While traffic-related fatalities in the city declined last year, the number of deaths still eclipsed homicides, including 17 pedestrian deaths on top of hundreds of often crippling injuries. Since January, nine people walking the streets of San Diego have been killed by motorists.

So, we’re behind schedule, and unlike New York City having the lowest pedestrian fatalities to an all time low, we’re still seeing pedestrian fatalities, and numerous crashes leaving people seriously injured with life long lasting consequences.

At the same time, more than 500 pedestrians a year are wounded or seriously injured in motor vehicle accidents, according to a City Auditor’s report from 2016.

‘Vision Zero’ brings traffic fatalities in New York to an all-time low
L.A. Times
2-1-2018

It appears to be working. Total traffic fatalities in the city, including those involving pedestrians, cyclists, motorcyclists and motor vehicles, fell from 299 in 2013 to an all-time low of 214 last year.

Pedestrian deaths were down from 184 to 101, though deaths of bicyclists rose from 12 to 23.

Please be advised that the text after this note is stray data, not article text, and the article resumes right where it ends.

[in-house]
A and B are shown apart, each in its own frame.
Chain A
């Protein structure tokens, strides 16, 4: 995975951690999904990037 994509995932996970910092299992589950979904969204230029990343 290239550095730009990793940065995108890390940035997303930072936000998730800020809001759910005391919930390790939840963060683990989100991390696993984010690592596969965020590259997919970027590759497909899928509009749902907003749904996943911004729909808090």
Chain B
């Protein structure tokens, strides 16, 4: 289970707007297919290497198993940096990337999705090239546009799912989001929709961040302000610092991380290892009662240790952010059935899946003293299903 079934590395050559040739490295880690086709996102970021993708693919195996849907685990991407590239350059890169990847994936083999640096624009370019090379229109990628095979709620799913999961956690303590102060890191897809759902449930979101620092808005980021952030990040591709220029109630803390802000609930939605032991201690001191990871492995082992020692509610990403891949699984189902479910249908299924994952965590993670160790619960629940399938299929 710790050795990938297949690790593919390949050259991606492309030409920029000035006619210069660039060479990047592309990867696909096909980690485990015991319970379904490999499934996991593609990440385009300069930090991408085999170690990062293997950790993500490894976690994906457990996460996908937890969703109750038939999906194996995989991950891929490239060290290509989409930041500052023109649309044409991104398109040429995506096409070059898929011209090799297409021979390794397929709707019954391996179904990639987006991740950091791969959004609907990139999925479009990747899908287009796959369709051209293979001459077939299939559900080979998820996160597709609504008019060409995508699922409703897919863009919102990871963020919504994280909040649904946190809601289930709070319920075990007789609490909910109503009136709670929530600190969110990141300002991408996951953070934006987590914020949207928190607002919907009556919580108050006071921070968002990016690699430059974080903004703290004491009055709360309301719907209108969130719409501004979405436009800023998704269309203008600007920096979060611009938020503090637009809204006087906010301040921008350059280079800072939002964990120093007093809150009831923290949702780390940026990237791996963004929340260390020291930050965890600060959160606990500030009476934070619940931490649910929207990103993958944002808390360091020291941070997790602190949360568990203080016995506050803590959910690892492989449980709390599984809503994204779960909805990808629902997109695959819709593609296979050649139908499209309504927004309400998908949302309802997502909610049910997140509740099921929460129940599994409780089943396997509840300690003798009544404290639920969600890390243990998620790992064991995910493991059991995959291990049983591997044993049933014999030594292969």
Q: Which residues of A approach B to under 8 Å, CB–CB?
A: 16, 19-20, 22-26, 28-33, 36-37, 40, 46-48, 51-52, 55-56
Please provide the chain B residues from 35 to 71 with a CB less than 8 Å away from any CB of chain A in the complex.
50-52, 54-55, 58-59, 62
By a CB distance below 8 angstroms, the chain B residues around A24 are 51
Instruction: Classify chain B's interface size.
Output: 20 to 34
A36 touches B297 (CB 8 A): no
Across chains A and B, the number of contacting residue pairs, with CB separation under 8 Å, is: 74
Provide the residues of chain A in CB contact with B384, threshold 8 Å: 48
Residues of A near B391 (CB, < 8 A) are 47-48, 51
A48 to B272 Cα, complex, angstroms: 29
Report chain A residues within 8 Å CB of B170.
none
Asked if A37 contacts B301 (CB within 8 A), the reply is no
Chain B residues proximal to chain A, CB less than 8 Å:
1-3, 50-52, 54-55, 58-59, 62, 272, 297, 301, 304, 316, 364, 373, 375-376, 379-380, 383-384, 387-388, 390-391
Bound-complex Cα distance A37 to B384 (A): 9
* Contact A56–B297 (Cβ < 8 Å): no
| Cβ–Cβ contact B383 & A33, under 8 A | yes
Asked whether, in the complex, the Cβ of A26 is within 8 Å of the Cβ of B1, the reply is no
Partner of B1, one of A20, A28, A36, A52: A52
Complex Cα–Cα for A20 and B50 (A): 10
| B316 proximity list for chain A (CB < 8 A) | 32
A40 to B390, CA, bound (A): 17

A lot of challenges remain for San Diego County. We know that the idea and strategy of Vision Zero works, prioritize the most dangerous streets and intersections, make road design safer, and when this all happens, everyone has a place to move in traffic safely, cars, pedestrians, strollers, bicycles. And, studies show that these road improvements actually make shopping in cities better for businesses because people can walk around and people are drawn to shopping and restaurants where these improvements have happened.

But data points to priorities, and improvements take studies and money, and time. What are we going to do if we are running out of both money and time and the organization for collecting the data and prioritizing the projects is also lagging.

San Diego’s infrastructure funding gap grows by $310M
San Diego Union Tribune
2-13-18

On sidewalks, the projected need is $166 million and only $14 million is expected to be available.

There are similar gaps on streetlights, $204 million versus $1.4 million; traffic signals, $144 million versus $11 million; and bike lanes, $122 million versus $6 million.